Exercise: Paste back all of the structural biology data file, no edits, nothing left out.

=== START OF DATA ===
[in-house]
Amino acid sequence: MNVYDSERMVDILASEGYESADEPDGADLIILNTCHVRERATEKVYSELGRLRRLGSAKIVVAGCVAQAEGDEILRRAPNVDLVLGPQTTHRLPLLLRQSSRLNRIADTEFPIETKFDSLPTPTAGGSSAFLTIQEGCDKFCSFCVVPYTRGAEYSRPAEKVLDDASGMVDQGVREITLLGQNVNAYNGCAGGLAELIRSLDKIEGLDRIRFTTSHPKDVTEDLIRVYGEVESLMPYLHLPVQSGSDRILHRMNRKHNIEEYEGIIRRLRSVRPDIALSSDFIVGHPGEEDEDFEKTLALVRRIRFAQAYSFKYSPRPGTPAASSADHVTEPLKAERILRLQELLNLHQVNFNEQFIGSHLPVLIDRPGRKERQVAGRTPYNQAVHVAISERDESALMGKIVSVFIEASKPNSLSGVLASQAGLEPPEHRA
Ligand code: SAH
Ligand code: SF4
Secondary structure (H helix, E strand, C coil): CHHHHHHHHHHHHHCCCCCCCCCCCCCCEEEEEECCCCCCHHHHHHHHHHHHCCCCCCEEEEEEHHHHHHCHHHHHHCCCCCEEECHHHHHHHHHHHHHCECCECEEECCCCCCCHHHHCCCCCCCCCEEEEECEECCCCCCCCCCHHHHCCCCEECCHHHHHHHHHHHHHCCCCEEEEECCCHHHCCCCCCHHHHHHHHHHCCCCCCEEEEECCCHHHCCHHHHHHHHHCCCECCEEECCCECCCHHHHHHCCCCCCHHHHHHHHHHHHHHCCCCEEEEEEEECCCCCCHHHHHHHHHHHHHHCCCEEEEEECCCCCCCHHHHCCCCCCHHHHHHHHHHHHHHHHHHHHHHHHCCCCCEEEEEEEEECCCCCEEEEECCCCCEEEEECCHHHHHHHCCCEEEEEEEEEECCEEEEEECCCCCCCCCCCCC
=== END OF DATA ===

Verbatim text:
[in-house]
Amino acid sequence: MNVYDSERMVDILASEGYESADEPDGADLIILNTCHVRERATEKVYSELGRLRRLGSAKIVVAGCVAQAEGDEILRRAPNVDLVLGPQTTHRLPLLLRQSSRLNRIADTEFPIETKFDSLPTPTAGGSSAFLTIQEGCDKFCSFCVVPYTRGAEYSRPAEKVLDDASGMVDQGVREITLLGQNVNAYNGCAGGLAELIRSLDKIEGLDRIRFTTSHPKDVTEDLIRVYGEVESLMPYLHLPVQSGSDRILHRMNRKHNIEEYEGIIRRLRSVRPDIALSSDFIVGHPGEEDEDFEKTLALVRRIRFAQAYSFKYSPRPGTPAASSADHVTEPLKAERILRLQELLNLHQVNFNEQFIGSHLPVLIDRPGRKERQVAGRTPYNQAVHVAISERDESALMGKIVSVFIEASKPNSLSGVLASQAGLEPPEHRA
Ligand code: SAH
Ligand code: SF4
Secondary structure (H helix, E strand, C coil): CHHHHHHHHHHHHHCCCCCCCCCCCCCCEEEEEECCCCCCHHHHHHHHHHHHCCCCCCEEEEEEHHHHHHCHHHHHHCCCCCEEECHHHHHHHHHHHHHCECCECEEECCCCCCCHHHHCCCCCCCCCEEEEECEECCCCCCCCCCHHHHCCCCEECCHHHHHHHHHHHHHCCCCEEEEECCCHHHCCCCCCHHHHHHHHHHCCCCCCEEEEECCCHHHCCHHHHHHHHHCCCECCEEECCCECCCHHHHHHCCCCCCHHHHHHHHHHHHHHCCCCEEEEEEEECCCCCCHHHHHHHHHHHHHHCCCEEEEEECCCCCCCHHHHCCCCCCHHHHHHHHHHHHHHHHHHHHHHHHCCCCCEEEEEEEEECCCCCEEEEECCCCCEEEEECCHHHHHHHCCCEEEEEEEEEECCEEEEEECCCCCCCCCCCCC